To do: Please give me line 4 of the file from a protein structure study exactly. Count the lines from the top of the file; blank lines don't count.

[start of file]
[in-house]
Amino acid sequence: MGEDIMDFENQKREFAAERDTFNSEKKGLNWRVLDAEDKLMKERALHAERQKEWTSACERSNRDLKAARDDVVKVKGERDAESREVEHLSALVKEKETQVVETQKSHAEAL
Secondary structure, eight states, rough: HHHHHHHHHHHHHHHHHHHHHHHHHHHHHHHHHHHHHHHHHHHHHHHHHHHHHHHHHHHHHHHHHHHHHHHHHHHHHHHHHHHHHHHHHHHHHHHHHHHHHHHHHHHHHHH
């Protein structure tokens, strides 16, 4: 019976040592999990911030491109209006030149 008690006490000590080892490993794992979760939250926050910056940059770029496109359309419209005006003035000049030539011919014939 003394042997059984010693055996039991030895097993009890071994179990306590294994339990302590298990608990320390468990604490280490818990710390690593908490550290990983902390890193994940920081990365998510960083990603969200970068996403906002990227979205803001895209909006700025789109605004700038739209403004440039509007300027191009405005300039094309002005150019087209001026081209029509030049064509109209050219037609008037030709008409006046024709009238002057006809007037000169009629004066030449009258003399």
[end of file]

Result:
């Protein structure tokens, strides 16, 4: 019976040592999990911030491109209006030149 008690006490000590080892490993794992979760939250926050910056940059770029496109359309419209005006003035000049030539011919014939 003394042997059984010693055996039991030895097993009890071994179990306590294994339990302590298990608990320390468990604490280490818990710390690593908490550290990983902390890193994940920081990365998510960083990603969200970068996403906002990227979205803001895209909006700025789109605004700038739209403004440039509007300027191009405005300039094309002005150019087209001026081209029509030049064509109209050219037609008037030709008409006046024709009238002057006809007037000169009629004066030449009258003399």